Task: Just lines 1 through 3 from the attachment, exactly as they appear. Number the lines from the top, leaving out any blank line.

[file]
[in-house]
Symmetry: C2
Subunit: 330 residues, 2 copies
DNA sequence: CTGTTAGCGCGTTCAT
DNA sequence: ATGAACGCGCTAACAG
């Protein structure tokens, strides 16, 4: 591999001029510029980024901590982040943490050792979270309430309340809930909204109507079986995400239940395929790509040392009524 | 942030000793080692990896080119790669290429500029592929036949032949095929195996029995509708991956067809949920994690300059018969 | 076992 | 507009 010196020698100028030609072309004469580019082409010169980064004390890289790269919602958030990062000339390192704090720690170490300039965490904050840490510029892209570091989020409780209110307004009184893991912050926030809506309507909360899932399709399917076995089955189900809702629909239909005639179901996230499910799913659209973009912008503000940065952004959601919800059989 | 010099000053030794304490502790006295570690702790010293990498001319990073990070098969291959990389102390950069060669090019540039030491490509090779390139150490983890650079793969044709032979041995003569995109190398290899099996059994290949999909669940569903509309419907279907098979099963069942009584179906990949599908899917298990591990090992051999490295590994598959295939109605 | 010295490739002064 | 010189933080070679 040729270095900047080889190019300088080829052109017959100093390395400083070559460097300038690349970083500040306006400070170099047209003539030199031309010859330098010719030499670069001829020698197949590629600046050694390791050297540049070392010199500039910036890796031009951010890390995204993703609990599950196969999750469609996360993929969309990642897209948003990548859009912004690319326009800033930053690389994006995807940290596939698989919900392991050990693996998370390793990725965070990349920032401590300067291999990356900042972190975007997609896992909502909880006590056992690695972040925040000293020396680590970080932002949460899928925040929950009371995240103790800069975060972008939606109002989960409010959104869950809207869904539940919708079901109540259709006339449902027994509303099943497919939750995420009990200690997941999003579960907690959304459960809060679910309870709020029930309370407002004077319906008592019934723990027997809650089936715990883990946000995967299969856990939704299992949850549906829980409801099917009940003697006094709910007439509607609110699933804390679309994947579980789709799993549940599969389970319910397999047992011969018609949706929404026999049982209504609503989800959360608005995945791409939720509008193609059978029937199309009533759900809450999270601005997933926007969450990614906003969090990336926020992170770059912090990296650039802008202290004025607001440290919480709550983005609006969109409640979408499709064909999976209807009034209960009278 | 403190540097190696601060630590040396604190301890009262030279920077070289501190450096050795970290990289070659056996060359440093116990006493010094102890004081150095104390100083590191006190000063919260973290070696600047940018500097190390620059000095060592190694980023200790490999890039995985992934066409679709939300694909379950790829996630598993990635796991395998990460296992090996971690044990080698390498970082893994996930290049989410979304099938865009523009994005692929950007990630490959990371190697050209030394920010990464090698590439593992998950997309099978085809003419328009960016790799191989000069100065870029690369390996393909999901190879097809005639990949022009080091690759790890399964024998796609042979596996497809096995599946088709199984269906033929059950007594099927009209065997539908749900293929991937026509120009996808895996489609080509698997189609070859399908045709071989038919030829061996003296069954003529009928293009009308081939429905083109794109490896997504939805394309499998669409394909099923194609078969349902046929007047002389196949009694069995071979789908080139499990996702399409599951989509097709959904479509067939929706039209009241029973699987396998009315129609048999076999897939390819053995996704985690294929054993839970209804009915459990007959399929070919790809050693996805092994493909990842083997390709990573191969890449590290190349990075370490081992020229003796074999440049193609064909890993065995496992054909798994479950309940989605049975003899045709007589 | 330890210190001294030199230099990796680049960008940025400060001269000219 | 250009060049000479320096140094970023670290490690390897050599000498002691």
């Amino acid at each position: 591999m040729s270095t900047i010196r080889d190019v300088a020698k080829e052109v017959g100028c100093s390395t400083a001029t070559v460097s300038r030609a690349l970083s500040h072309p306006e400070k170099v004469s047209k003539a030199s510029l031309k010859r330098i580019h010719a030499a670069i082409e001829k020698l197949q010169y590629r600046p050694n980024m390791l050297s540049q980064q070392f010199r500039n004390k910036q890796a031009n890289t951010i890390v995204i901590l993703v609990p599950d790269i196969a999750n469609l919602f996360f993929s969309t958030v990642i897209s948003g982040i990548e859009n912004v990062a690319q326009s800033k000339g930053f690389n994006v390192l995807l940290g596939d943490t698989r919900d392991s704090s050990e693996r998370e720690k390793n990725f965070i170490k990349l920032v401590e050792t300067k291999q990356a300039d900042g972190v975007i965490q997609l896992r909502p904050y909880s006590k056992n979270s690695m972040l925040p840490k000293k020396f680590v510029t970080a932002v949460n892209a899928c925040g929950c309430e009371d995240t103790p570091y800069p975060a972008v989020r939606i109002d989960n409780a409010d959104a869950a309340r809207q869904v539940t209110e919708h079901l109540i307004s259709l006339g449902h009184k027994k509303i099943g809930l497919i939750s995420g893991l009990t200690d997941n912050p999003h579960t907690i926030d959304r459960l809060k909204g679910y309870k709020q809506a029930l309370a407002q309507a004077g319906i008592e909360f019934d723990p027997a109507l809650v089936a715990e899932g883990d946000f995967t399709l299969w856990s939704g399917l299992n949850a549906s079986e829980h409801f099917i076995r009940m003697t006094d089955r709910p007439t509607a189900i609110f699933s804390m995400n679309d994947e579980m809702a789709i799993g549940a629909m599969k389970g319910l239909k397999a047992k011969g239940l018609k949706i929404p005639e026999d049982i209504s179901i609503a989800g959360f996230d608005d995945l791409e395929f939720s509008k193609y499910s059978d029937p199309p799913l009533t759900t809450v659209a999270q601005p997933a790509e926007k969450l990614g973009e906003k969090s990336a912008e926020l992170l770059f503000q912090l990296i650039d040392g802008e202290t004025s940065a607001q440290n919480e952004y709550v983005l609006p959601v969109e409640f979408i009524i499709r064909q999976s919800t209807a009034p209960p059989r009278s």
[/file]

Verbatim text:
[in-house]
Symmetry: C2
Subunit: 330 residues, 2 copies